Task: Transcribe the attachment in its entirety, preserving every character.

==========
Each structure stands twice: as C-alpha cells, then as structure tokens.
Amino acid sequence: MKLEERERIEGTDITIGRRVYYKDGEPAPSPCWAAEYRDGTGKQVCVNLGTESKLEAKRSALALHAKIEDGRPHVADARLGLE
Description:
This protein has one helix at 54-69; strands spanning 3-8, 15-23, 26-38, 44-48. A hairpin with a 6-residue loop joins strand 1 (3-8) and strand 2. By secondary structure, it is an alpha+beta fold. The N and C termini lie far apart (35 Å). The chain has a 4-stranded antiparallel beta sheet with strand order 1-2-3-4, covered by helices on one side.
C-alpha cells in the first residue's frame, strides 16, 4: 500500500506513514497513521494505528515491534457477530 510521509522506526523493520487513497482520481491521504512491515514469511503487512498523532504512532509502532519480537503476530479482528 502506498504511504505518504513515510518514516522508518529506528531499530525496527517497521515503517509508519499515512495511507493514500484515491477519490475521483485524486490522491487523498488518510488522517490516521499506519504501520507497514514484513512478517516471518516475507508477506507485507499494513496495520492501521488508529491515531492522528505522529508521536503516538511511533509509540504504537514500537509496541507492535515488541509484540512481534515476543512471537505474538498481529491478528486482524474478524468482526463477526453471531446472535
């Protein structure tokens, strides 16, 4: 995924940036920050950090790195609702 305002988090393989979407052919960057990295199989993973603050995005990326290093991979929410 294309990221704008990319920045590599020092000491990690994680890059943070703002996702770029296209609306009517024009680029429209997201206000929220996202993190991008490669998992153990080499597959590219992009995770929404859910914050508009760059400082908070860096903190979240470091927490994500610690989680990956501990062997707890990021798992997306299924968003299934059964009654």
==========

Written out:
Each structure stands twice: as C-alpha cells, then as structure tokens.
Amino acid sequence: MKLEERERIEGTDITIGRRVYYKDGEPAPSPCWAAEYRDGTGKQVCVNLGTESKLEAKRSALALHAKIEDGRPHVADARLGLE
Description:
This protein has one helix at 54-69; strands spanning 3-8, 15-23, 26-38, 44-48. A hairpin with a 6-residue loop joins strand 1 (3-8) and strand 2. By secondary structure, it is an alpha+beta fold. The N and C termini lie far apart (35 Å). The chain has a 4-stranded antiparallel beta sheet with strand order 1-2-3-4, covered by helices on one side.
C-alpha cells in the first residue's frame, strides 16, 4: 500500500506513514497513521494505528515491534457477530 510521509522506526523493520487513497482520481491521504512491515514469511503487512498523532504512532509502532519480537503476530479482528 502506498504511504505518504513515510518514516522508518529506528531499530525496527517497521515503517509508519499515512495511507493514500484515491477519490475521483485524486490522491487523498488518510488522517490516521499506519504501520507497514514484513512478517516471518516475507508477506507485507499494513496495520492501521488508529491515531492522528505522529508521536503516538511511533509509540504504537514500537509496541507492535515488541509484540512481534515476543512471537505474538498481529491478528486482524474478524468482526463477526453471531446472535
């Protein structure tokens, strides 16, 4: 995924940036920050950090790195609702 305002988090393989979407052919960057990295199989993973603050995005990326290093991979929410 294309990221704008990319920045590599020092000491990690994680890059943070703002996702770029296209609306009517024009680029429209997201206000929220996202993190991008490669998992153990080499597959590219992009995770929404859910914050508009760059400082908070860096903190979240470091927490994500610690989680990956501990062997707890990021798992997306299924968003299934059964009654």